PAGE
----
I Want to See Who He Is

The night that the grand jury announced their decision not to indict police officer Darren Wilson was a night I put T1 to bed with red-rimmed eyes. In the weeks since the shooting I’ve tried to read the articles and blog posts from black Americans detailing their experiences in America and I’ve tried to face down my own personal prejudices and biases. Katherine is right, racism is not over because Barack Obama is president or because Oprah gave a room full of people new automobiles. We still have a long way to go.

T1 saw my red eyes and asked me what was wrong. I told him that someone had been mean to a boy because his skin is a dark color, and that it made me said because I think we should be kind to everyone no matter what they look like. I said the boy had died and I felt sad for his mommy because she missed her boy so much. I know this explanation is reductive, and leaves out many pertinent details, but it felt like the appropriate amount of information for the stage he is in. He can explore the nuances with me in future discussions as he grows older and his cognitive capacity increases. T1 hugged me and said he wished that the boy’s mommy didn’t have to be away from her son. I agreed.

Since then T1 has brought the issue a few times, and this morning he picked it up again while watching The Colbert Report over breakfast. He asked me “Can I see a picture of that boy?”, and I was touched by his desire to find a connection with this figure he had been hearing about. I showed him this photograph and he said “He looks nice, I like his jacket.

I wondered, in that moment, what it would be like to approach every new person without the baggage we adults carry around from the things we’ve personally experienced and the things we’ve heard from other people. I think having more conversations with our kids about these difficult topics can help them continue to respond in this way, to look at a picture and see the person first, and the issues second.

How are you talking to your children about Ferguson and issues related to race in America? Tweet with me, @jennacole, or leave your thoughts on the That Wife Facebook page.

Diversity in Our Picturebooks

When Christmas shopping begins I try really hard to stick to the “Something you want, something you need, something to wear, and something to read” precept that a reader introduced me to a few years ago. When I started to consider what books to get for the kids, I realized that I wanted to use this opportunity to start building up a more diverse library of children’s books. Specifically, I would like T1 (a boy, in case you’re new) to read more books about kick-ass girls, and both kids to read more books about people of different ethnicities, cultures, and races.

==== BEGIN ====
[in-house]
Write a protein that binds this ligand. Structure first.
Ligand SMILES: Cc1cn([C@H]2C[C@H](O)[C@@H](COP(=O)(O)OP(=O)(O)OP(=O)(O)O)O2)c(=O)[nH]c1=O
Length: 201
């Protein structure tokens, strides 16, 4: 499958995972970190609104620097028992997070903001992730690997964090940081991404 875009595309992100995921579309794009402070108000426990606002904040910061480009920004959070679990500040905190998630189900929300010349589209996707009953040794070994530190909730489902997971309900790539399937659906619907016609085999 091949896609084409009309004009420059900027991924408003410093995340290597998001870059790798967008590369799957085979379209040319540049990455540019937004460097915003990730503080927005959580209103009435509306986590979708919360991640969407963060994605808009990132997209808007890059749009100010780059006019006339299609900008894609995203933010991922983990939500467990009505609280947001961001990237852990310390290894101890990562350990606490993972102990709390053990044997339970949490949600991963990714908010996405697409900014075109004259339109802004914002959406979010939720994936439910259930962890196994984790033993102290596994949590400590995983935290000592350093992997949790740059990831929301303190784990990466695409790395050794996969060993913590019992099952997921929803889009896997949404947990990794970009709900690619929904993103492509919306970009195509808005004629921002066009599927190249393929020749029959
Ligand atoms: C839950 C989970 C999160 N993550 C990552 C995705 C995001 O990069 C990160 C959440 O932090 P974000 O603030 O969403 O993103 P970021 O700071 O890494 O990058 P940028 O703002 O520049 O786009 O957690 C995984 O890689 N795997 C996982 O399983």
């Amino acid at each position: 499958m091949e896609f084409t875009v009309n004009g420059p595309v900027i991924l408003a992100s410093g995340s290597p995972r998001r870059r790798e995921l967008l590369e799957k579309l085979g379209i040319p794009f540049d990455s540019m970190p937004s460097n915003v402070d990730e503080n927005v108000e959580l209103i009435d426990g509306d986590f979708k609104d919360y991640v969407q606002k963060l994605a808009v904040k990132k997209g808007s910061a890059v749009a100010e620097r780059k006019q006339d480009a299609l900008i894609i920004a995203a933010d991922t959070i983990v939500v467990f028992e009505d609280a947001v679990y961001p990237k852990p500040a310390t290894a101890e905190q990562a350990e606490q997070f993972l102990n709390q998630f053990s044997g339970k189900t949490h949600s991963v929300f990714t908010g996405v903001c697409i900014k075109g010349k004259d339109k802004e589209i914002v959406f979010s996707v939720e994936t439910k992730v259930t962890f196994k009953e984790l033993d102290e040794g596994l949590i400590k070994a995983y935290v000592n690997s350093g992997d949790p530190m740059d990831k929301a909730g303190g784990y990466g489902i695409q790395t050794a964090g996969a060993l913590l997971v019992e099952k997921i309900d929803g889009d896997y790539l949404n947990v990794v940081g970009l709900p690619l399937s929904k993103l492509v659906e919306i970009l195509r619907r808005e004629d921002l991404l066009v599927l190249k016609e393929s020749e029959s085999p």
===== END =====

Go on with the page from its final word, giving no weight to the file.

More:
For the Christmas of 2014, the something to read T1 will be opening up is Rosie Revere Engineer. Not only is it a book about a girl doing something awesome, but it has a storyline that focuses on a character persevering through failure and discouragement. This is something that I see him struggling with right now, and I want him to see how someone pushes past that feeling of can’t and makes it into a success.  Continue reading

The Line Between Embracing Mediocrity and Accepting Reality

What if we bowed out of the parenting rat race and found a way to accept that our children are going to lead wonderfully average lives? They won’t end up in jail, but they also probably won’t end up with a Wikipedia page either. 

The “rat race” in this context is defined as the modern American parenting model that fills a child’s schedule with sports, tutoring, classes, prep courses, and camps. Soon it will be about logging hours spent on Khan academy, Coursera, and writing reports on Ted talks. Jennifer Senior points out in her (phenomenal) book All Joy and No Fun that parents used to prepare their children to be a blacksmith, a farmer, a baker. Within the past 75 years there has been a fundamental shift when it comes to thinking about what our children can become, and the possibilities are presented as endless. How are we supposed to determine the best preparation for our offspring if we don’t know what we are preparing them for?

A few months ago I made a note about developing this idea into a post, but the thought wasn’t mature enough to write it out here. A recent Slate article titled “Practice Does Not Make Perfect” has renewed my interest in the topic. If you aren’t going to read the Slate article yourself I’ll give you a quick glossing. After Malcom Gladwell’s book Outliers made a splash* popular thinking shifted toward the idea that everyone could be successful if they put in their 10,000 hours.  I think this idea drives the Tiger Mom/Helicopter Parent culture that we see in America today, with parents devoting more time than ever before to setting up a successful foundation for their children. The Slate article highlights some recent studies which move the thinking away from the “effort theory,” toward a combination of genetics and dedication. This approach is especially important when we are thinking about how to address social inequality; for many/most people their circumstances are not due to a lack of effort. For me the most striking point in the piece was the suggestion that instead of testing for IQ and then promoting those who are advanced into the best schools, we should be identifying those who are struggling the most and funnel them into the best learning environment possible in order to give them the kind of boost that their higher-IQ peers got from their genetic makeup.

When my kids were younger I had a sort of a Harvard-bound mentality. I wanted them to dream up unbelievable goals and put in their 10,000 hours to achieve them. I blamed my own average achievement level on a lack of resources and information due to a sort of birth-location lottery. My parents don’t deserve any harsh words for this, they did the best with what they had in a small farming town before the Internetz. I wondered what I would have achieved if my childhood had happened 20 years later,  in a 10,000 hours focused household operating during the Information Age.